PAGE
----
Sunday, July 14, 2002

Smoke Signals
More on cigarette smuggling from the Washington Times. What's new here is more info on the role of the Internet and Indian tribes:
The Internet thus far accounts for only a small fraction of cigarette sales, but it may pose a bigger long-term threat to tax collectors than smuggling. The hefty tax increases may prompt more smokers to order in bulk from online merchants, who in turn may resist state efforts to collect taxes.

Under federal law, online cigarette vendors are required to report the names and addresses of out-of-state customers, but the law is widely flouted.

"Most vendors aren't turning over their customer list, so the Internet is becoming a hotbed of tax evasion," said Kurt Ribisl, a professor at the University of North Carolina School of Public Health.

Mr. Ribisl oversaw a study this year that identified 195 Internet cigarette vendors, up from 88 a year earlier. He said most advertise low-tax cigarettes and indicate they won't report to any authorities.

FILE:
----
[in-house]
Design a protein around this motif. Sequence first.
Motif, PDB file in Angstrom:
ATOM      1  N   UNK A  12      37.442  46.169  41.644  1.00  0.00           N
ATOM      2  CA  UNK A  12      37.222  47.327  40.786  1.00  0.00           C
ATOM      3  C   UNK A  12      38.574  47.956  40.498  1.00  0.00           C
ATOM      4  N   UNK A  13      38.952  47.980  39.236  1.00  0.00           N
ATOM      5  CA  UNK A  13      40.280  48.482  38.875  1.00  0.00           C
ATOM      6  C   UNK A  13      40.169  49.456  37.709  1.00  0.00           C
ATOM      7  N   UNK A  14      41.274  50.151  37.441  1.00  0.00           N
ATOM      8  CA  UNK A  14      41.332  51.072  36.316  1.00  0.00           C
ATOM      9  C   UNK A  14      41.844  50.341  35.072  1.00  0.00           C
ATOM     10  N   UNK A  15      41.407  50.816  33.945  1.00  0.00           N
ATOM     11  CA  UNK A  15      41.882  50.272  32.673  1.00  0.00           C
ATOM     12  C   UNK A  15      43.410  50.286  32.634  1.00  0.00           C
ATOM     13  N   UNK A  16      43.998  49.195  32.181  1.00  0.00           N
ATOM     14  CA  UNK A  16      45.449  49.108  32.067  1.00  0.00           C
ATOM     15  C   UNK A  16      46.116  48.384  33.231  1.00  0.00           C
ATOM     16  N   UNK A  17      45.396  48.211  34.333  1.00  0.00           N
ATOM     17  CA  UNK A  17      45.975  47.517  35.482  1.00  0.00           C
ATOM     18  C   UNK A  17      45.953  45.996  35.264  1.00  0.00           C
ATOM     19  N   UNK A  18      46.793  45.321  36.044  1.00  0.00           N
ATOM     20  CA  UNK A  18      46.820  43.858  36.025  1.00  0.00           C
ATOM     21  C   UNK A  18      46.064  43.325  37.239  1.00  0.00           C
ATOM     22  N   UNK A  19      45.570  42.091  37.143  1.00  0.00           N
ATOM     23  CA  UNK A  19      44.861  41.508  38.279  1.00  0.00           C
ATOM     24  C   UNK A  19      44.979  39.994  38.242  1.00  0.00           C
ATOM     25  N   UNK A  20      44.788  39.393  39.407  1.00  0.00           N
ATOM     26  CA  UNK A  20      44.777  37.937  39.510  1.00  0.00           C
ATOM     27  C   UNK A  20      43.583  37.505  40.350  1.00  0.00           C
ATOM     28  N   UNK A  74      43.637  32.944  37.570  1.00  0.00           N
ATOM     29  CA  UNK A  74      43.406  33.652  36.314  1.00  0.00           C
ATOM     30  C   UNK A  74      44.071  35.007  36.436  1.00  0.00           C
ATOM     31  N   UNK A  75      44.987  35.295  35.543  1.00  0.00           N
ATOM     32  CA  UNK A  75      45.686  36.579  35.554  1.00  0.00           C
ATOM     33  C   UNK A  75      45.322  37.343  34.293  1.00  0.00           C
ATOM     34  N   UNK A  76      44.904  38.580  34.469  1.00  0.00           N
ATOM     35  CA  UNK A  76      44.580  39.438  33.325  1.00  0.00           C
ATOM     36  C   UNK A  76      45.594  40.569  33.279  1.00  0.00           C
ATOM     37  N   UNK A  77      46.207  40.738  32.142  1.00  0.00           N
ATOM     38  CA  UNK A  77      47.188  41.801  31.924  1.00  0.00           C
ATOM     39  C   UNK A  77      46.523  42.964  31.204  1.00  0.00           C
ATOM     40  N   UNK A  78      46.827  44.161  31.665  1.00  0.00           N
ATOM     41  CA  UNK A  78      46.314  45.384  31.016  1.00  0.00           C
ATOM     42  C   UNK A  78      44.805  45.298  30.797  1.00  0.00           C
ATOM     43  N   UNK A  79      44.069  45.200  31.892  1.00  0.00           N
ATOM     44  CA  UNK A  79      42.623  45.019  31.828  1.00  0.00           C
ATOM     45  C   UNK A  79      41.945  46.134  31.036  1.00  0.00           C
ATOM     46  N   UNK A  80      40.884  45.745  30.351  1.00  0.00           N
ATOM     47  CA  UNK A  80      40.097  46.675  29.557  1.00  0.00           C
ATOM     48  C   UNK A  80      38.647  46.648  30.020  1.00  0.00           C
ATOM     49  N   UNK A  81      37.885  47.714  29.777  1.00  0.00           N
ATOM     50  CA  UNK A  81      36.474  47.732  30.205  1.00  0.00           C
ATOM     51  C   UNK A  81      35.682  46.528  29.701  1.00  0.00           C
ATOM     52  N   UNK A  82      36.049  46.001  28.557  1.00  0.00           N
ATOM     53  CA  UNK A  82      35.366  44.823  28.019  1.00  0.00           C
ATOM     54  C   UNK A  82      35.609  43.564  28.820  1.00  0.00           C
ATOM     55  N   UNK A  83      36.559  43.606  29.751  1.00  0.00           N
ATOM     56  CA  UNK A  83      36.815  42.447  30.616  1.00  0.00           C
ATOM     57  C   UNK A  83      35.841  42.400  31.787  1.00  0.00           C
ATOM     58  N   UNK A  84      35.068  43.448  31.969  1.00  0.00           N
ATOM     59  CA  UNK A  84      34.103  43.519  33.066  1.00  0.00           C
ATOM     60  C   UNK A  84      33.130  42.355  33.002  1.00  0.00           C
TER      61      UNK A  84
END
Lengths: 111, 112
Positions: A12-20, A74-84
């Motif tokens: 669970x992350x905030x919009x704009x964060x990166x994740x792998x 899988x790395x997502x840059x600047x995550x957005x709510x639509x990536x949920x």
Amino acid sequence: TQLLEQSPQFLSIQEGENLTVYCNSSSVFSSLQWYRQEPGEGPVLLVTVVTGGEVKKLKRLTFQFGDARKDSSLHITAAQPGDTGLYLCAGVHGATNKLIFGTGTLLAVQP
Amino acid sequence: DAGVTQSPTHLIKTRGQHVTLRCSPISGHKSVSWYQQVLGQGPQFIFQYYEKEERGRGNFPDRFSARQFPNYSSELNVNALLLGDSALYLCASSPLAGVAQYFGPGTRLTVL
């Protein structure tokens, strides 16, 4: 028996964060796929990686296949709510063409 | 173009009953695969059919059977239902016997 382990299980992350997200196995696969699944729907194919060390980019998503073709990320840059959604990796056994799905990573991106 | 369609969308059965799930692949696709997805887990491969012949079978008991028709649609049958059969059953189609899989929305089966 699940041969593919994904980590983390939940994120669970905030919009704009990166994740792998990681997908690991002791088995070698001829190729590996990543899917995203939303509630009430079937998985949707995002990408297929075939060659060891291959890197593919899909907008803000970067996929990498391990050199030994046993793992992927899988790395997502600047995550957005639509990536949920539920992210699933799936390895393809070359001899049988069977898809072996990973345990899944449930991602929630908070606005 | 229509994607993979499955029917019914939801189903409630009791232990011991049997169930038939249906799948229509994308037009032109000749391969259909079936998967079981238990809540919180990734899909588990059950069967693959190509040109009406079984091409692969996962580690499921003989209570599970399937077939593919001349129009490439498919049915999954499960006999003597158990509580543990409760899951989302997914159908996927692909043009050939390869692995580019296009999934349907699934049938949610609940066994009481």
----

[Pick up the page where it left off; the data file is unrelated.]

"We're definitely unprepared right now. We don't have the tools to get the states their proper revenue," he said. "You need federal legislation, because a patchwork approach from individual states is going to bog down."

In Congress, Rep. Martin T. Meehan, Massachusetts Democrat, is leading an effort to tighten regulation of Internet cigarette sales. Mr. Meehan's chief of staff, Bill McCann, predicted bipartisan legislation would be drafted this year aimed at enforcing existing requirements that Internet merchants block sales to minors and report out-of-state buyers.

Some states already are sending tax bills to smokers who patronized the Internet.

"They've thumbed their noses at us," said Gene Gavin, Connecticut's tax commissioner, "and they're right, because we don't do anything."

One legal complication is that many of the Internet sites are run by American Indians. Sales of cigarettes on Indian reservations are exempt from state and local taxes, and some Indian merchants contend their Internet sales also should be tax-exempt.
It should be fun to watch the PC types sort out the rights of Indians versus the evil weed. Or how about a new religion where tobacco is a sacrament?